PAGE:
SVWC READS: Aleksandra Crapanzano

SVWC READS: Aleksandra Crapanzano


Screenwriter and food writer ALEKSANDRA CRAPANZANO is among the founding members of the Sun Valley Writers’ Conference. An inspired reader and writer of cookbooks, she is the author of The London Cookbook and Eat. Cook. L.A. For the last ten years she has served as a food columnist for The Wall Street Journal. For a wintery day she suggests this pasta recipe with a sauce of pancetta and chestnuts, accompanied by her cocktail of choice:

Cognac French 75

Put the following in a chilled Champagne flute:

– 3 tablespoons Cognac

– 1 teaspoon freshly squeezed lemon juice

– 1/4 teaspoon simple syrup or, as they do in France, a small sugar cube

Then top with chilled Champagne and float a twist of lemon zest.


Learn more about Aleksandra on INSTAGRAM.  

Aleksandra’s Book Recommendations:



Nigel Slater is, to my mind, the most beautiful food writer of our time. I have copies of his books scattered around the house so that I might always pick up a volume and read a passage, the way I might pick up a favorite volume of short stories or poems. During these pandemic months, I, like most everyone else I know, have developed a love-hate relationship with cooking. You may assume food writers never tire of cooking, but rest assured, we do – and we have, this year more than ever. When this happens, I turn to Slater to woo me back.



I’m of course biased, but The Reporter’s Kitchen, written by my mother, Jane Kramer, is the antidote to this landlocked existence we’ve all been living these past months. From foraging with Rene Redzepi in Denmark to learning to blend the spice mix raz-el-hanout from a Berber woman in Morocco to making supper in London with Yotam Ottolenghi, this collection of some of her New Yorker essays on food is, according to The New York Times Book Review, “irresistible.” (Always good to have legit back-up when praising Mom!)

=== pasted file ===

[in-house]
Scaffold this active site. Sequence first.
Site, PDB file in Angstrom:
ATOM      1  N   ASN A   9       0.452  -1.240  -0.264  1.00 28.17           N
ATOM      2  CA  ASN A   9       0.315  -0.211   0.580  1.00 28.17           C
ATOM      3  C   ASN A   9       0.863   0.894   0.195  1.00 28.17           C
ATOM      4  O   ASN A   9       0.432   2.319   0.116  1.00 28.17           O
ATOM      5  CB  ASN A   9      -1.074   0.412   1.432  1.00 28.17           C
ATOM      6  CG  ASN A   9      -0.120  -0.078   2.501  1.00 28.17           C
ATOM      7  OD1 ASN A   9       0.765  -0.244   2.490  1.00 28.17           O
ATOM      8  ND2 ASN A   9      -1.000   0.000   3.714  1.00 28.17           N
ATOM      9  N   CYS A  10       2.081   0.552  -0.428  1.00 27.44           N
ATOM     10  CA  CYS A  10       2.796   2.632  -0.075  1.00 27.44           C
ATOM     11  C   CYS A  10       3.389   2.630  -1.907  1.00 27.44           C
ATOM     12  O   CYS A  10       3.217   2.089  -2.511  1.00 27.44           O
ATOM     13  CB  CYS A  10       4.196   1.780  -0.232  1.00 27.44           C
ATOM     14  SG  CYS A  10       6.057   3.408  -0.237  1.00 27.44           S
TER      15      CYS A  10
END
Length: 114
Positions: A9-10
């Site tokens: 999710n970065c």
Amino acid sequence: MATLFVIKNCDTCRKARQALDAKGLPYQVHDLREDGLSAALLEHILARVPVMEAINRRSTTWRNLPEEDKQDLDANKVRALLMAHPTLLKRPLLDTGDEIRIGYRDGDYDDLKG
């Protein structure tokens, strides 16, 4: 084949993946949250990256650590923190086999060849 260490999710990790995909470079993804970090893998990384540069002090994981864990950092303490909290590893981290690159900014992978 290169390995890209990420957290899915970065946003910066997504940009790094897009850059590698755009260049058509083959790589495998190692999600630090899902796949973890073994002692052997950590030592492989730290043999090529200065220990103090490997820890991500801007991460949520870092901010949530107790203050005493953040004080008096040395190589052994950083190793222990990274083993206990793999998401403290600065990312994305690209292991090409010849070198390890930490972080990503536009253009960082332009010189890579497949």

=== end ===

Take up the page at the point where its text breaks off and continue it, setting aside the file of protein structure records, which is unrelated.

BISTRO COOKING by Patricia Wells

For soups, salads and main courses, I inevitably turn to Patricia Wells’ classic, Bistro Cooking. Simple, unfussy, Parisian fare written with an American journalist’s attention to detail, it is perhaps the most earmarked of all my many cookbooks.


HAMNET by Maggie O’Farrell

But what’s keeping me up at night this week is not a cookbook but the recently published novel, Hamnet by Maggie O’Farrell. With its intimate urgency and quiet intensity, it started to haunt me the moment I started it. My advice: Don’t read the flap copy, which tells far too much. Instead, start early in the evening, and plan to sleep late the following morning.



Aleksandra’s Books:







Photo Credit:  Melissa Forman

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